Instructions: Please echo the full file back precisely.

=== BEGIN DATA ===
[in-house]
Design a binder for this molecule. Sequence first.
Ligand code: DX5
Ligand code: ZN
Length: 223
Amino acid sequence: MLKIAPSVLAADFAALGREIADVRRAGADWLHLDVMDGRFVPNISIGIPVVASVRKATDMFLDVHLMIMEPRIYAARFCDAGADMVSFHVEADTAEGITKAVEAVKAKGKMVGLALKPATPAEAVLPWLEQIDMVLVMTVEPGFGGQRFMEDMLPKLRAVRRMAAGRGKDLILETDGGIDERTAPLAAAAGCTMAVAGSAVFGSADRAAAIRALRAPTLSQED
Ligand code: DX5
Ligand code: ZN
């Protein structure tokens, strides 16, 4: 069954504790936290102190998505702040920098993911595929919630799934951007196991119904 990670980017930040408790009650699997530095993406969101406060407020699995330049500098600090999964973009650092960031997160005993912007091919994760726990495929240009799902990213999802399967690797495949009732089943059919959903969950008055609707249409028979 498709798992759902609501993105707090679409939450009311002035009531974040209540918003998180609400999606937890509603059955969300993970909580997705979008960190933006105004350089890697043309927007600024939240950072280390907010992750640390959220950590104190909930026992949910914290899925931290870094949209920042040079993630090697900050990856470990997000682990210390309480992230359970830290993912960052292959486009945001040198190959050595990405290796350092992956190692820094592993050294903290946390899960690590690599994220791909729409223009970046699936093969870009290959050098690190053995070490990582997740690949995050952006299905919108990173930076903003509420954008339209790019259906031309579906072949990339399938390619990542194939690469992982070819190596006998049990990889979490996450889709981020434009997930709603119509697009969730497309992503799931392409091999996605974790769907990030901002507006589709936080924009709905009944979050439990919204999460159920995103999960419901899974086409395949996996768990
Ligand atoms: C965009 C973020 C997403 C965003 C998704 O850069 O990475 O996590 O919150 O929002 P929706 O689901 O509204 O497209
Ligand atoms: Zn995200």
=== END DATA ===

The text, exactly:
[in-house]
Design a binder for this molecule. Sequence first.
Ligand code: DX5
Ligand code: ZN
Length: 223
Amino acid sequence: MLKIAPSVLAADFAALGREIADVRRAGADWLHLDVMDGRFVPNISIGIPVVASVRKATDMFLDVHLMIMEPRIYAARFCDAGADMVSFHVEADTAEGITKAVEAVKAKGKMVGLALKPATPAEAVLPWLEQIDMVLVMTVEPGFGGQRFMEDMLPKLRAVRRMAAGRGKDLILETDGGIDERTAPLAAAAGCTMAVAGSAVFGSADRAAAIRALRAPTLSQED
Ligand code: DX5
Ligand code: ZN
């Protein structure tokens, strides 16, 4: 069954504790936290102190998505702040920098993911595929919630799934951007196991119904 990670980017930040408790009650699997530095993406969101406060407020699995330049500098600090999964973009650092960031997160005993912007091919994760726990495929240009799902990213999802399967690797495949009732089943059919959903969950008055609707249409028979 498709798992759902609501993105707090679409939450009311002035009531974040209540918003998180609400999606937890509603059955969300993970909580997705979008960190933006105004350089890697043309927007600024939240950072280390907010992750640390959220950590104190909930026992949910914290899925931290870094949209920042040079993630090697900050990856470990997000682990210390309480992230359970830290993912960052292959486009945001040198190959050595990405290796350092992956190692820094592993050294903290946390899960690590690599994220791909729409223009970046699936093969870009290959050098690190053995070490990582997740690949995050952006299905919108990173930076903003509420954008339209790019259906031309579906072949990339399938390619990542194939690469992982070819190596006998049990990889979490996450889709981020434009997930709603119509697009969730497309992503799931392409091999996605974790769907990030901002507006589709936080924009709905009944979050439990919204999460159920995103999960419901899974086409395949996996768990
Ligand atoms: C965009 C973020 C997403 C965003 C998704 O850069 O990475 O996590 O919150 O929002 P929706 O689901 O509204 O497209
Ligand atoms: Zn995200």